The Securities and Exchange Commission and the Federal Reserve began slapping fines on major banks soon after the 2008 economic crisis. Three years later, banks are finally agreeing to pay the fines while regulators continue to dole out new ones — most stemming from actions related to toxic securities, namely collateralized debt obligations. These fines may look big on paper, but in reality they represent a small fraction of any major bank’s assets.
For violations ranging from shady accounting practices and predatory lending to preferential client treatment and betting against the very financial advice they gave customers, the big banks have all had to pay a price. Whether or not the punishments will serve as a lesson remains to be seen, but those on Wall Street learned this year that their actions have consequences.
Wall Street powerhouse Goldman Sachs has seen its share of fines. In July 2010, it was hit with a $550 million penalty from the SEC, the largest ever handed out by the regulator. One year later, the firm was hit with a $10 million fine after a two-year investigation by Massachusetts? chief securities regulator. The probe focused on Goldman’s “Asymmetric Service Initiative,” in which analyst information was given to favored clients first. The settlement found that Goldman “engaged in dishonorable or dishonest conduct,” but also noted that the agreement to pay was not an admission of fraud.
A lawsuit against JPMorgan Chase, which has more than $2 trillion in total assets, claimed that the bank structured and marketed collateralized debt obligations (CDOs) without informing investors that the underlying subprime assets in the portfolio were selected in part by a hedge fund that was positioned to profit if the portfolio failed. JPMorgan promised that the underlying mortgage assets would be selected by an independent manager — but Magnetar Capital LLC was found to be far from that. During the housing bubble collapse, the 2007 deal, named Squared CDO 2007-1, wiped out nearly all investments, leaving the likes of GM and major banks in Asia out millions. On June 21, the bank finally agreed to pay the $153.6 million SEC fine.
Wells Fargo, the nation?s fourth largest bank, was accused of pushing borrowers with good credit into expensive mortgages and falsifying loan applications. The loans in question were made from 2004 to 2008 and involved an estimated 10,000 borrowers. In response, the Federal Reserve announced a record $85 million fine, the largest it has issued under its new consumer protection authority. The penalty was also the first action taken against a bank for predatory lending practices related to the housing bubble collapse.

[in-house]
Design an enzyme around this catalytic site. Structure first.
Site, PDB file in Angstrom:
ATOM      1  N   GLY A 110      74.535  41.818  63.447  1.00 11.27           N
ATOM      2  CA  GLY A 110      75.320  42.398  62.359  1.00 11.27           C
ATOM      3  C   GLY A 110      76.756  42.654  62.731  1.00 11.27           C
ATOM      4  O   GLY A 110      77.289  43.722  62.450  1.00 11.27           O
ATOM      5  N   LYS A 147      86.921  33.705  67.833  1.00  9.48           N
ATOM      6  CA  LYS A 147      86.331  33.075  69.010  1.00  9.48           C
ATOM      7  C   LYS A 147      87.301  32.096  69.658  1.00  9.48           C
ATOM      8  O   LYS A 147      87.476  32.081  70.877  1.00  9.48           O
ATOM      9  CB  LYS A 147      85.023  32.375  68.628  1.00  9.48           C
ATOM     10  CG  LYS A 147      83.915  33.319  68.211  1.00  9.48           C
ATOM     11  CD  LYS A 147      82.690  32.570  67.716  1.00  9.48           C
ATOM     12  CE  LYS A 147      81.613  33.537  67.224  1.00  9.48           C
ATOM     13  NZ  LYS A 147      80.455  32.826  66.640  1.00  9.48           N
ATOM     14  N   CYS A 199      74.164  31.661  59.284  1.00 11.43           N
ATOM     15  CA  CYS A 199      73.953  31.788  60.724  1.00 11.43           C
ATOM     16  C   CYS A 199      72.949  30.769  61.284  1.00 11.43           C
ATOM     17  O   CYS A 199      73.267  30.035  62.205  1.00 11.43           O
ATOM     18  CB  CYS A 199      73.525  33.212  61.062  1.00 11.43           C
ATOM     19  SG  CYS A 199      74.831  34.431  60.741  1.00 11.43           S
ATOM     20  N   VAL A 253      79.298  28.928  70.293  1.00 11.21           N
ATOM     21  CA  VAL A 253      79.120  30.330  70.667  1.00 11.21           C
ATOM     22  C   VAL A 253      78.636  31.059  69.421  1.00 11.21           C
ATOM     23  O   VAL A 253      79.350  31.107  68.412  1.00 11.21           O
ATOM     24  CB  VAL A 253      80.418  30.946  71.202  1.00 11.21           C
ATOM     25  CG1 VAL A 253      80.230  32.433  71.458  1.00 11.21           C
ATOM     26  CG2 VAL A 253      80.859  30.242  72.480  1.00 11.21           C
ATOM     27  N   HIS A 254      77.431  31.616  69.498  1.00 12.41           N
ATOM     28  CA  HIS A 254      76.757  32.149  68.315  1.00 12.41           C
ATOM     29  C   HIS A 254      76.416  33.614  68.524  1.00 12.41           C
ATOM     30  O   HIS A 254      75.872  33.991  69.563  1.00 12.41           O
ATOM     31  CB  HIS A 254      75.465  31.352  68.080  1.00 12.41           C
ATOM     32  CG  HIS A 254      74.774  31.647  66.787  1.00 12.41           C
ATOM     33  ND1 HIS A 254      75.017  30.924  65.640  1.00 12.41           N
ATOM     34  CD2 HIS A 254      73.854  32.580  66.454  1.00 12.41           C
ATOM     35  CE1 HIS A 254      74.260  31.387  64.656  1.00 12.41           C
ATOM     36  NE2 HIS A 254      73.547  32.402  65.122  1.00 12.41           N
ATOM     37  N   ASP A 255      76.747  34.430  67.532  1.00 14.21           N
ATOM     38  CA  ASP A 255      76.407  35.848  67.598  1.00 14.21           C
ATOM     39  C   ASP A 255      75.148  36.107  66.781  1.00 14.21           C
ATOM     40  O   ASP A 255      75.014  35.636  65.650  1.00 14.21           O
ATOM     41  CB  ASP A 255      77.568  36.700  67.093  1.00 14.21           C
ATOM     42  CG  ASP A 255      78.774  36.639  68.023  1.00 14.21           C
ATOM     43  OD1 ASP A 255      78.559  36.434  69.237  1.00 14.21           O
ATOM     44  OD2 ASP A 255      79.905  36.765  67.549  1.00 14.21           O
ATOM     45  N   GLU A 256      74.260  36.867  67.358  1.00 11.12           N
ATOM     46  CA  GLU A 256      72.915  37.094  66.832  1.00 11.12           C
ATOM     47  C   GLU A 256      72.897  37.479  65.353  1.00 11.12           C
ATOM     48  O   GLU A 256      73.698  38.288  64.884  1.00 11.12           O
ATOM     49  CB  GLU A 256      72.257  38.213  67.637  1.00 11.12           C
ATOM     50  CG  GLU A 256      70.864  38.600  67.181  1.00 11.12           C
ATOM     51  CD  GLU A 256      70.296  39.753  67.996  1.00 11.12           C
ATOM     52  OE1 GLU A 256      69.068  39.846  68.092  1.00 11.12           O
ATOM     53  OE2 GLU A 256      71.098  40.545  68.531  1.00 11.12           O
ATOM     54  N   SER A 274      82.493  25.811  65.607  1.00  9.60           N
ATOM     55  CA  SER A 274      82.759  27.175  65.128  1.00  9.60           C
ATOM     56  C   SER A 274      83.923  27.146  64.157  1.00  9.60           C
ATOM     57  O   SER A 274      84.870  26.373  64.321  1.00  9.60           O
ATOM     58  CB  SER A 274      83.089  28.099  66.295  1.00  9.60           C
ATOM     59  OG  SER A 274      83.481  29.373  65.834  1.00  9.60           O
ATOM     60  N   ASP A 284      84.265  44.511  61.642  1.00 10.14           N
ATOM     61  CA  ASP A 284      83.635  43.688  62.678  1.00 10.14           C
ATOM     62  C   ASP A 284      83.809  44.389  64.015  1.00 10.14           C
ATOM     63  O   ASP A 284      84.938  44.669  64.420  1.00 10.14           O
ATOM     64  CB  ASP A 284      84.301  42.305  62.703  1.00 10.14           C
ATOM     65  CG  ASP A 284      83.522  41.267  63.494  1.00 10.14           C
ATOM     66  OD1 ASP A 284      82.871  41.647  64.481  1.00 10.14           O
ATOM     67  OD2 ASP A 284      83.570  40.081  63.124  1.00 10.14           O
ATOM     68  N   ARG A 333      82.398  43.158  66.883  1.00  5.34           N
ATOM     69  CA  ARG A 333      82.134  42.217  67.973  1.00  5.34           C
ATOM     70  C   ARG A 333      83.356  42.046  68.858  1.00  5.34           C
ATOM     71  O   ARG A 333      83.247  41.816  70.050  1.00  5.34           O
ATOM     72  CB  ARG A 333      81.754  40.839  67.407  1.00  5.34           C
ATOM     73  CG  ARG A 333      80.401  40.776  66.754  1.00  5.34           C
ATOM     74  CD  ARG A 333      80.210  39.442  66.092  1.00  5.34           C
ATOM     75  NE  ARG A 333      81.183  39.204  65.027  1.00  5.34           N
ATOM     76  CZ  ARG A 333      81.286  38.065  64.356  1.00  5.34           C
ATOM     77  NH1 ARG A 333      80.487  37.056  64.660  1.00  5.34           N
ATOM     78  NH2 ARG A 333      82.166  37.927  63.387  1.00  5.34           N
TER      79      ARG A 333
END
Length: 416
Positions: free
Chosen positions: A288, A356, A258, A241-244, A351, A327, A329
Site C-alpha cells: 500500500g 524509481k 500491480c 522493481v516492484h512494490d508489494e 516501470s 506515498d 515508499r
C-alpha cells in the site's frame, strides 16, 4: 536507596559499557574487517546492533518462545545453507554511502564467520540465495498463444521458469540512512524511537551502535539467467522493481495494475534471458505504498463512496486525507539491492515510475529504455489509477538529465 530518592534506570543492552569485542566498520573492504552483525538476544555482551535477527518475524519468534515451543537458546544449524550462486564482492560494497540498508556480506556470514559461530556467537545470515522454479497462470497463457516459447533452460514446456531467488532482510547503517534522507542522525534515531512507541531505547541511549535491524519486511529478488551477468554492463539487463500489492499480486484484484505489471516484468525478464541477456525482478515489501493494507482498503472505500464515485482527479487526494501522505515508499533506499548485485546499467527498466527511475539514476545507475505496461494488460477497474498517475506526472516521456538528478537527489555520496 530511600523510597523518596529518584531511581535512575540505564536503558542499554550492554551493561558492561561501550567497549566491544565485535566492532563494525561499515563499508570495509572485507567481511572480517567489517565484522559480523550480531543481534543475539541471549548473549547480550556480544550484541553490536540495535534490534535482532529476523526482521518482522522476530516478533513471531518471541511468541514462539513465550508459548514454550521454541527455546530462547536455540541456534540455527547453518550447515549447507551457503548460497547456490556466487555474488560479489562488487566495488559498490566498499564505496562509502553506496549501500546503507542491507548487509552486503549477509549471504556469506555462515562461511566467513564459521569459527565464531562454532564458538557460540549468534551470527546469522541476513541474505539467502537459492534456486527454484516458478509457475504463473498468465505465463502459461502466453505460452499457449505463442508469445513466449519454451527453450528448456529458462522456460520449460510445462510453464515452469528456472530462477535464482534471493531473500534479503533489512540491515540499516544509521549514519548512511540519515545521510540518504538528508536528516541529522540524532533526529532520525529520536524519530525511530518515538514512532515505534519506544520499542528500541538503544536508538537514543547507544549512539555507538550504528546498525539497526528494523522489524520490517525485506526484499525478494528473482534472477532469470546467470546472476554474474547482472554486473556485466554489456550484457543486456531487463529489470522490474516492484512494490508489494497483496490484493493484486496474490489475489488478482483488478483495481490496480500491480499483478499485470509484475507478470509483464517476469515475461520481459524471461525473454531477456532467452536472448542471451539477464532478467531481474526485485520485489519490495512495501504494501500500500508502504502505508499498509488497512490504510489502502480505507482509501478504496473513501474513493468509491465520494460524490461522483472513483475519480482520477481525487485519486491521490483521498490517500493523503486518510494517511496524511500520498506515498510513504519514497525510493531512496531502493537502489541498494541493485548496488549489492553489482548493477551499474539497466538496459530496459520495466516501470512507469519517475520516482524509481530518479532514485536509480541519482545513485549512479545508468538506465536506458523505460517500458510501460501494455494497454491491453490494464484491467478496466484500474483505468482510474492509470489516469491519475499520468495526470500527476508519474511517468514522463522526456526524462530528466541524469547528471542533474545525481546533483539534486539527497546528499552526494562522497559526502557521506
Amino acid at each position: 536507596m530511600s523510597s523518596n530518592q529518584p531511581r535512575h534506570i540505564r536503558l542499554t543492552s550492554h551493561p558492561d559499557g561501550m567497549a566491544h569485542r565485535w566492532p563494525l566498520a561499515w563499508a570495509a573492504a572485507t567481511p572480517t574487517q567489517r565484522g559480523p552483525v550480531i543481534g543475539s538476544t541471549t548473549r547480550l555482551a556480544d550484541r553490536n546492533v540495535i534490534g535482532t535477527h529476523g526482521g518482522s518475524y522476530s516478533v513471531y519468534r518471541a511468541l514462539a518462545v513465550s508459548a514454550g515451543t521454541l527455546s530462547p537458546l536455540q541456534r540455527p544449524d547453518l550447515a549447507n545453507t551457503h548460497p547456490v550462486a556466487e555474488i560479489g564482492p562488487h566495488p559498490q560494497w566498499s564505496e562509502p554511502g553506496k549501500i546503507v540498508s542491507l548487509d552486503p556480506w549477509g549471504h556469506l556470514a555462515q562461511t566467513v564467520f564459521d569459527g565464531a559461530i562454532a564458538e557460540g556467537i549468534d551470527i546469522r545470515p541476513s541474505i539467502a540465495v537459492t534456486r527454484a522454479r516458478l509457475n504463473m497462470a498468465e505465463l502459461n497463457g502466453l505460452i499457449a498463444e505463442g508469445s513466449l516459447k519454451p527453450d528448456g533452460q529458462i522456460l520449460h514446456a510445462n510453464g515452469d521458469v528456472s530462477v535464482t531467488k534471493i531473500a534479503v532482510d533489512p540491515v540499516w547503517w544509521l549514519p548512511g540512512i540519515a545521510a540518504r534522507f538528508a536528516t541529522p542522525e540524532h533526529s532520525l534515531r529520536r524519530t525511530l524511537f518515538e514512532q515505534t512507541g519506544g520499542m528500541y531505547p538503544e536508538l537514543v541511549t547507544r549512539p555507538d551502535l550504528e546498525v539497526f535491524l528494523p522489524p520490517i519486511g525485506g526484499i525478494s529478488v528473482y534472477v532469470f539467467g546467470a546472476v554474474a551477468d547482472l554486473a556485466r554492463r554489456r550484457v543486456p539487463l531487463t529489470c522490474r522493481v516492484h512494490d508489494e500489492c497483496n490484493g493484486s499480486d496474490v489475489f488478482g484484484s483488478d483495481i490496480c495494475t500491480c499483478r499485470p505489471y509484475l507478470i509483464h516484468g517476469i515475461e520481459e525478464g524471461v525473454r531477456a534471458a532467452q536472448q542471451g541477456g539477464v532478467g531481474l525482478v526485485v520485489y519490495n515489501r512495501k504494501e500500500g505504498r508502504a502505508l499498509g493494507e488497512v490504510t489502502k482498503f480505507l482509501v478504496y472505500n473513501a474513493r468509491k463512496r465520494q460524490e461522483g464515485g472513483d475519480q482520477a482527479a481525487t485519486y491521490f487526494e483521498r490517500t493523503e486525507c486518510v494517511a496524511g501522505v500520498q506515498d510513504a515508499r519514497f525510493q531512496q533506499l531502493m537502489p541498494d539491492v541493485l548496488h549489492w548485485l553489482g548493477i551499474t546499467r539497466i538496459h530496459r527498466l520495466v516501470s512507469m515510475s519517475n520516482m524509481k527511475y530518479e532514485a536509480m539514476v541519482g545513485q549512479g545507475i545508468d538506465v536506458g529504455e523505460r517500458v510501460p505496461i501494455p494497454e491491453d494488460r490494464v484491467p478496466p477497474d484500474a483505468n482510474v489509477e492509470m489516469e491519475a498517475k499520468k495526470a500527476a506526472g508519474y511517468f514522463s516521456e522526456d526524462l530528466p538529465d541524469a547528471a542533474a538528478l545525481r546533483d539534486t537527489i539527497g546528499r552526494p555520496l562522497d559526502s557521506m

In 1998, Brightpoint, Inc., a distributor of wireless devices, found itself with a charge of as much as $18 million on its books, which eventually rose to $29 million. In a panic, Brightpoint turned to AIG to reclassify the money as being for insurance purposes — a shady accounting move that allowed Brightpoint to spread out over several years a loss that should have been recognized immediately. On September 11, the company agreed to pay a $10 million fine to settle SEC charges of dishonest accounting.
Bank of America was fined $930,000 and ordered to reinstate a Los Angeles-based employee after the U.S. Department of Labor found that the nation’s largest bank had violated the whistleblower protection provisions of the Sarbanes-Oxley Act. The individual involved in the suit was employed by mortgage lender Countrywide Financial before it was acquired by Bank of America in 2008. During his time at Countrywide, he was in charge of an internal investigation that revealed widespread wire, mail and bank fraud involving Countrywide employees. Soon after the acquisition, the employee was fired. As of early November, Bank of America is challenging the order.
The Royal Bank of Canada (RBC) agreed to pay $30.4 million ($31 million Canadian) to settle charges stemming from the 2008 financial crisis. The SEC charged that the capital markets division of Canada’s largest bank sold “unsuitable” investments — $200 million worth of collateralized debt obligations — to five Wisconsin school districts. The SEC argued that RBC never fully informed the school districts of the immense risk involved in such complex investments. RBC agreed to pay the school districts back in full, though it has not admitted nor denied allegations.
Similar to the charges against RBC and JPMorgan, Citigroup was faced with civil action brought against it by the SEC for selling securities backed by mortgages that it simultaneously bet against. According to the SEC, one Citi trader email characterized the investment as “dogshit” and “possibly the best short ever.” Within months, the CDO defaulted, taking millions from investors while Citigroup made $160 million in fees and trading profits. On October 19, the bank agreed to pay the $285 million fine stemming from these actions. Credit Suisse, the collateral manager, was also slapped with a $2.5 million fine for allowing Citi to influence the portfolio.